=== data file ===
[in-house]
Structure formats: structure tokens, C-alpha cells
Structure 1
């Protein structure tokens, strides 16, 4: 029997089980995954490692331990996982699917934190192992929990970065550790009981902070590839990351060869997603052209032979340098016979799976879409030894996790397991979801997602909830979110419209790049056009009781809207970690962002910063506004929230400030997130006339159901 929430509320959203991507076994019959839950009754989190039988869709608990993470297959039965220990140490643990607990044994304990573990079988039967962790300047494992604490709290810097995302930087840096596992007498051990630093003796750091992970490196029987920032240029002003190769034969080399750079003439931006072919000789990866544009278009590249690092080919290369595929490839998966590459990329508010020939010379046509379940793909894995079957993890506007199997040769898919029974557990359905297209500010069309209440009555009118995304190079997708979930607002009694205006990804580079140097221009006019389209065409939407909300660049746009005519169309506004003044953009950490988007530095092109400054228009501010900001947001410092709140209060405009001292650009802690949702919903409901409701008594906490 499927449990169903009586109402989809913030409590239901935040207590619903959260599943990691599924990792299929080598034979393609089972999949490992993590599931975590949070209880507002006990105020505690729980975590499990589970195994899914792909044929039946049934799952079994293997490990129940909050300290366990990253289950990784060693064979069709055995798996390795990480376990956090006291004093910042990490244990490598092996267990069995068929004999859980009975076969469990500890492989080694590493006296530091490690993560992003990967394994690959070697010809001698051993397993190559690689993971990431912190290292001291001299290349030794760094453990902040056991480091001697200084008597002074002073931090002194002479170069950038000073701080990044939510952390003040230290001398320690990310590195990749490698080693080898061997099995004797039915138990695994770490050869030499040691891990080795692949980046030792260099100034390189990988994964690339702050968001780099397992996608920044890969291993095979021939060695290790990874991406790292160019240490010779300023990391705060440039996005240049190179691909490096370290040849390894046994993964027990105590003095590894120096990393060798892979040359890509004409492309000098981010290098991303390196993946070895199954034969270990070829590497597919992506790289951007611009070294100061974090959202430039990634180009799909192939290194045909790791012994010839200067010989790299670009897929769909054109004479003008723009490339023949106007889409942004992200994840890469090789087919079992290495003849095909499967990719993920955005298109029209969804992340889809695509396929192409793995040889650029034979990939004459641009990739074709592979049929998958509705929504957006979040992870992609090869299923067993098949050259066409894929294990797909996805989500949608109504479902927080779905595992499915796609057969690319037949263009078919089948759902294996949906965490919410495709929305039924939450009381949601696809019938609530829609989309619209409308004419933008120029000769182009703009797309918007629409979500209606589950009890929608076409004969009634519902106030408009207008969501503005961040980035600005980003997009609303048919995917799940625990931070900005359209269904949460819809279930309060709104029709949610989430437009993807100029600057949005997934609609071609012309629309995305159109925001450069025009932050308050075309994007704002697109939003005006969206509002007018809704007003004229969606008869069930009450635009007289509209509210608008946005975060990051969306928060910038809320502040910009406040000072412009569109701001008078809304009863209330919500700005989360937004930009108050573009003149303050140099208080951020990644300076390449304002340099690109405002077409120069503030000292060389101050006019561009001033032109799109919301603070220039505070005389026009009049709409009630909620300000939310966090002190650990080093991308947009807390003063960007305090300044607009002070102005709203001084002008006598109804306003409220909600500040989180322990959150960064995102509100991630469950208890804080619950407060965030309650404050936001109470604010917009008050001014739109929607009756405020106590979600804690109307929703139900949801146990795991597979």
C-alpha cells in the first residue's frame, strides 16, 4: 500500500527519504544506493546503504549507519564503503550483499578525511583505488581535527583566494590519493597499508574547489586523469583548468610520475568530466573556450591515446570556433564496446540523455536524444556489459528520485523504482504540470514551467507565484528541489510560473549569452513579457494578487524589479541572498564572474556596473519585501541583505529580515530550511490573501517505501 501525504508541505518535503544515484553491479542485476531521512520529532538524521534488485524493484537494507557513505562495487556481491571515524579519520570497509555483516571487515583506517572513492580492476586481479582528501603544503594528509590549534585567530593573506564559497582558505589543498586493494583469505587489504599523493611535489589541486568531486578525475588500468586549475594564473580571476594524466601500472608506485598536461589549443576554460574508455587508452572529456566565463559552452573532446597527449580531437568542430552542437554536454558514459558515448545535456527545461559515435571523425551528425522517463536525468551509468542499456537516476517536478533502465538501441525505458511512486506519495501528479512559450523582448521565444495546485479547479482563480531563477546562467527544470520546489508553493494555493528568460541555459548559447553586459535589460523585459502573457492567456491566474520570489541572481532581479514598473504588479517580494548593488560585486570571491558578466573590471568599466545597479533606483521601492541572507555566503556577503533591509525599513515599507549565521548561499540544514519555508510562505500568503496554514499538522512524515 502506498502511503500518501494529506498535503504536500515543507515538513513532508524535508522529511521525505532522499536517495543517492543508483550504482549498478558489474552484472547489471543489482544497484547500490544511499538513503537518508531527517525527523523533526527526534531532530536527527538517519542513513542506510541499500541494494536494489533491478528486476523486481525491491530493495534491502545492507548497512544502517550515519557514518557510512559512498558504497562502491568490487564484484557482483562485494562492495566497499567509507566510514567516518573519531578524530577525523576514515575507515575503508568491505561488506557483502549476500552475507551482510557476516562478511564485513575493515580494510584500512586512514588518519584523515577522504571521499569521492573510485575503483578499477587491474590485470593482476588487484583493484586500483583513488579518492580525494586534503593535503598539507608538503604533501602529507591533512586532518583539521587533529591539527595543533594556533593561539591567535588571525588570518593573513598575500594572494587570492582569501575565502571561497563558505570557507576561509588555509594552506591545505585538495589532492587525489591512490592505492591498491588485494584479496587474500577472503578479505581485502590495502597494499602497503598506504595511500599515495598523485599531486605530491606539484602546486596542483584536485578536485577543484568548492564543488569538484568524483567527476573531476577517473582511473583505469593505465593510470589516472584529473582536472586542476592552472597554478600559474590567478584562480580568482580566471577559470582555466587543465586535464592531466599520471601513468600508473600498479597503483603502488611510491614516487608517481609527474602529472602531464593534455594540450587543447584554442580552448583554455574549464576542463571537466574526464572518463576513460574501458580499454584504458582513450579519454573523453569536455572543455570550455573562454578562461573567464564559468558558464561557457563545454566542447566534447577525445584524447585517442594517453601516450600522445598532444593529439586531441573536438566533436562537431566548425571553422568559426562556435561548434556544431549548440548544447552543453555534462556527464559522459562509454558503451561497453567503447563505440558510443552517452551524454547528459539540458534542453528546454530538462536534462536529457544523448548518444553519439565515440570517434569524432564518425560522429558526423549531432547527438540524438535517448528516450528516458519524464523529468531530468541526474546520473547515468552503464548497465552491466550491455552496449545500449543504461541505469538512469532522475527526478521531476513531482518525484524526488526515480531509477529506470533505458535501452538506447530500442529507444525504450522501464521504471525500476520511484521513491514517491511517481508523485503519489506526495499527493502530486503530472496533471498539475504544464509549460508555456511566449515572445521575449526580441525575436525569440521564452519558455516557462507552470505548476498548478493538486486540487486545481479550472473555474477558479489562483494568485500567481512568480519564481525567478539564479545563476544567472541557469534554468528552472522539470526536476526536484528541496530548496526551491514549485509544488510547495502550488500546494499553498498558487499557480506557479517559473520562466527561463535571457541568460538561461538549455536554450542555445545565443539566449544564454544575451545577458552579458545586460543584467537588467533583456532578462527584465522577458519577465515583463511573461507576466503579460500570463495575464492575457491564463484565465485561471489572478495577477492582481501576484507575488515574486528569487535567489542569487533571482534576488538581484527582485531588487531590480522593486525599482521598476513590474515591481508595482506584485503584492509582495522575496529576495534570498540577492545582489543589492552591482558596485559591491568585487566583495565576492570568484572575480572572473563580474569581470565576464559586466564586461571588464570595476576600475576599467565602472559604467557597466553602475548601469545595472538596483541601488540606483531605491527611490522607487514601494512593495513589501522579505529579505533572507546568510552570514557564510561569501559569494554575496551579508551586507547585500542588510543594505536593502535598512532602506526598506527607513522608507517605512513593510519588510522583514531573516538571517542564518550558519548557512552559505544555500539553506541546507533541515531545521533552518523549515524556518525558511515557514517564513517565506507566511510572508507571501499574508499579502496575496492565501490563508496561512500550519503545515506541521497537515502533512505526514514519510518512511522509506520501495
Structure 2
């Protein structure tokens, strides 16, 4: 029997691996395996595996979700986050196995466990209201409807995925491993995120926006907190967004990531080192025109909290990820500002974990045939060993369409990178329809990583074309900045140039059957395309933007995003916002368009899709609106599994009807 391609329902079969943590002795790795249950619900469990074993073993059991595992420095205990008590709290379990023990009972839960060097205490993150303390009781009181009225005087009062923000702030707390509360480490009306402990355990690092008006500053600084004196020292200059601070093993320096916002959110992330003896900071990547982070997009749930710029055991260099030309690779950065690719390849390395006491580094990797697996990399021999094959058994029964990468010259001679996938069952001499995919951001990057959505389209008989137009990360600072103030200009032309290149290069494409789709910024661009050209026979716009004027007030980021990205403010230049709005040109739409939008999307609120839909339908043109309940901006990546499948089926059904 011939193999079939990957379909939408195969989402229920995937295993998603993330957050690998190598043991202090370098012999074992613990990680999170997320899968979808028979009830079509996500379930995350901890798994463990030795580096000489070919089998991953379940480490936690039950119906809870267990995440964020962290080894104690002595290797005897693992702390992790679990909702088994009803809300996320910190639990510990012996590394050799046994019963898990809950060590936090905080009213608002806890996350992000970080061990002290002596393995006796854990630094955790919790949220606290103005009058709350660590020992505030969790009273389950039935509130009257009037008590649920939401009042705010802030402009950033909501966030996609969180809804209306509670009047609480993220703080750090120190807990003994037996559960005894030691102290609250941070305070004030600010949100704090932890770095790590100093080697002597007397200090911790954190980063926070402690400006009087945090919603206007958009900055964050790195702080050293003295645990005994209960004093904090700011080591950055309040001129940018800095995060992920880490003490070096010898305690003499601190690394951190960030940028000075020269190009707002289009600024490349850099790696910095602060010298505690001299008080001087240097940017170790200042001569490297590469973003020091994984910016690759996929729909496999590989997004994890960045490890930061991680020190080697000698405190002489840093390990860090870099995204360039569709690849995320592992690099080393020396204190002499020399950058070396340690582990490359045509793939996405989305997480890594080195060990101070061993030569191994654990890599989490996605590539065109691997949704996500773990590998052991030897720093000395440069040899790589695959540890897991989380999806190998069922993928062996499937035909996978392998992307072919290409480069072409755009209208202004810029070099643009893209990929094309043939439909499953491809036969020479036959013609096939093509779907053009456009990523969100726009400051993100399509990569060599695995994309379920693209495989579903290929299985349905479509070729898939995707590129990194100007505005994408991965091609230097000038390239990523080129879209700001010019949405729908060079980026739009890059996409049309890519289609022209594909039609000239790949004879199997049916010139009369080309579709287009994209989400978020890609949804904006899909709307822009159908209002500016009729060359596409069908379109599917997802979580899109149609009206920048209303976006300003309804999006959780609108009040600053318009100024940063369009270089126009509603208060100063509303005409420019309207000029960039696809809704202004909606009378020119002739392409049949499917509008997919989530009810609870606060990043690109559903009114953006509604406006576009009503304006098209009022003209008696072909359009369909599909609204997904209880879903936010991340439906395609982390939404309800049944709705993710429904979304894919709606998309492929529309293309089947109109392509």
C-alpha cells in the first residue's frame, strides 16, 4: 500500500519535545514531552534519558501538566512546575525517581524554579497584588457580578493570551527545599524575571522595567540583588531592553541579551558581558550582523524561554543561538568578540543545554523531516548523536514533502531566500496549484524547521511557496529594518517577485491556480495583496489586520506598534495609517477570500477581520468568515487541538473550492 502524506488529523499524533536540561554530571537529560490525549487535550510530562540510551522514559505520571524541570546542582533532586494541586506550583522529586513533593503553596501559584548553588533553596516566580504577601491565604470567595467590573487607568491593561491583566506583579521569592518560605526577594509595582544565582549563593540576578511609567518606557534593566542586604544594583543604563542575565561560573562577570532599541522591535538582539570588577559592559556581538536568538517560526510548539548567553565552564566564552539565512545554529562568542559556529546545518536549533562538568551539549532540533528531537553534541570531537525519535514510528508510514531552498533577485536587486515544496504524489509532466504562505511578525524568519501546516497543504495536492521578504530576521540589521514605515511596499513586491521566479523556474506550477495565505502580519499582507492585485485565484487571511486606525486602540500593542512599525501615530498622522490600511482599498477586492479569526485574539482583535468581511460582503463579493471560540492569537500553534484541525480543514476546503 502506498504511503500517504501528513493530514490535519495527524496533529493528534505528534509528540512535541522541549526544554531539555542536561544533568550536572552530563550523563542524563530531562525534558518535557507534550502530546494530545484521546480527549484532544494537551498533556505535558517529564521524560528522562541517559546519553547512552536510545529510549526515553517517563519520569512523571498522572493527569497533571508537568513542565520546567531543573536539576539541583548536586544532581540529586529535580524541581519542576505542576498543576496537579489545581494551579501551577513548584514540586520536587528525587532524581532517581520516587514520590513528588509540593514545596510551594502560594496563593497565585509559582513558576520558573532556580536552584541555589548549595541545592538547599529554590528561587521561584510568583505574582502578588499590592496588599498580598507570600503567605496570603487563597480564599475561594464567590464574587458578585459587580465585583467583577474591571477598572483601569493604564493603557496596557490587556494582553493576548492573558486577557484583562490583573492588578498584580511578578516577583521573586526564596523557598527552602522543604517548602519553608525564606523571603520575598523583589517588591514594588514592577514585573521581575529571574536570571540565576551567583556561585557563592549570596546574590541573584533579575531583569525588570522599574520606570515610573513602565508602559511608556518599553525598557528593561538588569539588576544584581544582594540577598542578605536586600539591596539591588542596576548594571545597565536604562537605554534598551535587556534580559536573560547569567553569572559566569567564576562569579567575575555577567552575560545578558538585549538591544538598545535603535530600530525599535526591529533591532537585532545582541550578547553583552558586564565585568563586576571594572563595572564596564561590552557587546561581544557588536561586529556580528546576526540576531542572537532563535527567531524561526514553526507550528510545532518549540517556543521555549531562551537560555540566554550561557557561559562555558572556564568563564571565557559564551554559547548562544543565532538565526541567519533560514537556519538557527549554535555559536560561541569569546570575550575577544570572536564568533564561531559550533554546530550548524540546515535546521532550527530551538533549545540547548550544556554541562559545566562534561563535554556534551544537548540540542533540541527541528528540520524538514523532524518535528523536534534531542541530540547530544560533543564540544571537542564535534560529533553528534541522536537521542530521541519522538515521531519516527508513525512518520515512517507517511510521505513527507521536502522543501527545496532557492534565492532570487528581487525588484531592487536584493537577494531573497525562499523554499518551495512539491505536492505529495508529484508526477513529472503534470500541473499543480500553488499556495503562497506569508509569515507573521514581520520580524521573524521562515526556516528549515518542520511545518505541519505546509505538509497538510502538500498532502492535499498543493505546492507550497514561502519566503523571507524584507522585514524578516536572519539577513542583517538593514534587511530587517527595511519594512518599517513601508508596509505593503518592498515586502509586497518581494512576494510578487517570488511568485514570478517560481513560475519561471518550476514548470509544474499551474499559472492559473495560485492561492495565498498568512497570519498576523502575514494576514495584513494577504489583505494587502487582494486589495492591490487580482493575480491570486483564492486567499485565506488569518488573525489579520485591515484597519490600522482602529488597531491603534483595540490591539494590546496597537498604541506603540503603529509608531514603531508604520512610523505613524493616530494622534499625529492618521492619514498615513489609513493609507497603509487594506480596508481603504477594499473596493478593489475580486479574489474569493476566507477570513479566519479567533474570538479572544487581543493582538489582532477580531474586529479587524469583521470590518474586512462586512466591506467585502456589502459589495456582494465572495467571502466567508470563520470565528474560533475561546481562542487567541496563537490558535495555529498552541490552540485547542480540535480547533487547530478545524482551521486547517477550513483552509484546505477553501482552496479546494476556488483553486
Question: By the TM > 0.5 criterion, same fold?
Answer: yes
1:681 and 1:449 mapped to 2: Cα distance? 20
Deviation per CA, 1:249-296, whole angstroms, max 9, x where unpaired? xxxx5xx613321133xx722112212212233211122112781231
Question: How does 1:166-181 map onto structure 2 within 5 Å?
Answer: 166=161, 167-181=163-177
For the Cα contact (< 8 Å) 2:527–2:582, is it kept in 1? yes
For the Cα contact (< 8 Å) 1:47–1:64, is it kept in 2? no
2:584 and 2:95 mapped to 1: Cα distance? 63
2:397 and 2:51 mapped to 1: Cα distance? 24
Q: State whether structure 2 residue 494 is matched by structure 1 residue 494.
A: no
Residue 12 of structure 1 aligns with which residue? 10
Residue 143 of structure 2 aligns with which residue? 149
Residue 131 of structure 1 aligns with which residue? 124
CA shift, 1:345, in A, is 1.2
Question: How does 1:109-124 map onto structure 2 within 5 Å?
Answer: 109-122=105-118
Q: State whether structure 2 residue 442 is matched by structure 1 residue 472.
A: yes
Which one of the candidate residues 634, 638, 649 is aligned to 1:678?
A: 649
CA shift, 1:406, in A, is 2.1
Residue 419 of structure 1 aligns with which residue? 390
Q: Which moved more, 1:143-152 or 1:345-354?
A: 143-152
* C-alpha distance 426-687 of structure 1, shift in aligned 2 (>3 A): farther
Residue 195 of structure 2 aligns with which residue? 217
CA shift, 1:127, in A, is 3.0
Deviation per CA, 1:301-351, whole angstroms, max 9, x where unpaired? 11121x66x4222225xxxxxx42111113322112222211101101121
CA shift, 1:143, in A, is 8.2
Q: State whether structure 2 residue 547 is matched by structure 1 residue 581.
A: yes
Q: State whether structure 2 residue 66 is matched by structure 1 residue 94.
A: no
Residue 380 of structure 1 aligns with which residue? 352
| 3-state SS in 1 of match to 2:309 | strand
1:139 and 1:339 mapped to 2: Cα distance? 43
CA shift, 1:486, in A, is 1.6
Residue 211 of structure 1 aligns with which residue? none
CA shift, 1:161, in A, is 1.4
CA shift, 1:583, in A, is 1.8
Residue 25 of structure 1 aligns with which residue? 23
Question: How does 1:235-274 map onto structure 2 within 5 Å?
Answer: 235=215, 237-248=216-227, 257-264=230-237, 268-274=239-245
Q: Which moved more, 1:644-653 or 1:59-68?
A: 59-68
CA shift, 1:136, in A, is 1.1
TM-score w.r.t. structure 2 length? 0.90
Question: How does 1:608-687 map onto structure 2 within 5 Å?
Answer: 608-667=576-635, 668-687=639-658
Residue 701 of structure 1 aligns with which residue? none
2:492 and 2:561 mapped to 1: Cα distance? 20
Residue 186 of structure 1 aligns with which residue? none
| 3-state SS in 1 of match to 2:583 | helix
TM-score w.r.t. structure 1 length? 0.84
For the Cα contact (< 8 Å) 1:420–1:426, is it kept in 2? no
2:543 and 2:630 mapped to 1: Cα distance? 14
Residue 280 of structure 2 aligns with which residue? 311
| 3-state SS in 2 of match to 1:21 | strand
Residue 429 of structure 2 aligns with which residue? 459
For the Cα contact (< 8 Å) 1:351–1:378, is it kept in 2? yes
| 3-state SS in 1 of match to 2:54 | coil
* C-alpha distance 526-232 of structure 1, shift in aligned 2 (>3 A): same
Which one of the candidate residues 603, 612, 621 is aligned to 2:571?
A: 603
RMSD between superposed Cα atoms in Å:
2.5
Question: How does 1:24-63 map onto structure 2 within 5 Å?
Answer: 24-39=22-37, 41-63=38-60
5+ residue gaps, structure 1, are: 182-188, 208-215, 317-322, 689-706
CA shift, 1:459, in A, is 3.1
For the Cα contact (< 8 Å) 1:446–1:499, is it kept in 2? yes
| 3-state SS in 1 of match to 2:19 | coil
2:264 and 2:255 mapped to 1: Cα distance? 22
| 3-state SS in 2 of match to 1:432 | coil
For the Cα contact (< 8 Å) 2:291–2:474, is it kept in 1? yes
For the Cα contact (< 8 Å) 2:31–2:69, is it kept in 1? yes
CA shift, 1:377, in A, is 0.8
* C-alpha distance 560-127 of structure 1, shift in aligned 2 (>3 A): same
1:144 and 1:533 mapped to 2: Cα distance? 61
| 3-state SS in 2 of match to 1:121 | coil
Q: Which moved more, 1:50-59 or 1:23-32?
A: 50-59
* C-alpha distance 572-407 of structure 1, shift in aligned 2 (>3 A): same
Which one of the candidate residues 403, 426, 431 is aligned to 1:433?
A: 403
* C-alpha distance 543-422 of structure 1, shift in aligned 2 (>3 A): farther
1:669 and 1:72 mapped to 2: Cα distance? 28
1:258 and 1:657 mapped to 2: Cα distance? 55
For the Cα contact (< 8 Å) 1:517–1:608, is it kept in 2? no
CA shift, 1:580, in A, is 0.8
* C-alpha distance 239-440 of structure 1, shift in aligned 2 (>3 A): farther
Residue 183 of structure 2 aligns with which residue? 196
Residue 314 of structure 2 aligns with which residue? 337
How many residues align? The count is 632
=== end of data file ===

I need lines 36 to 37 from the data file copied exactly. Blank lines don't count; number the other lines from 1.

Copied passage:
Residue 195 of structure 2 aligns with which residue? 217
CA shift, 1:127, in A, is 3.0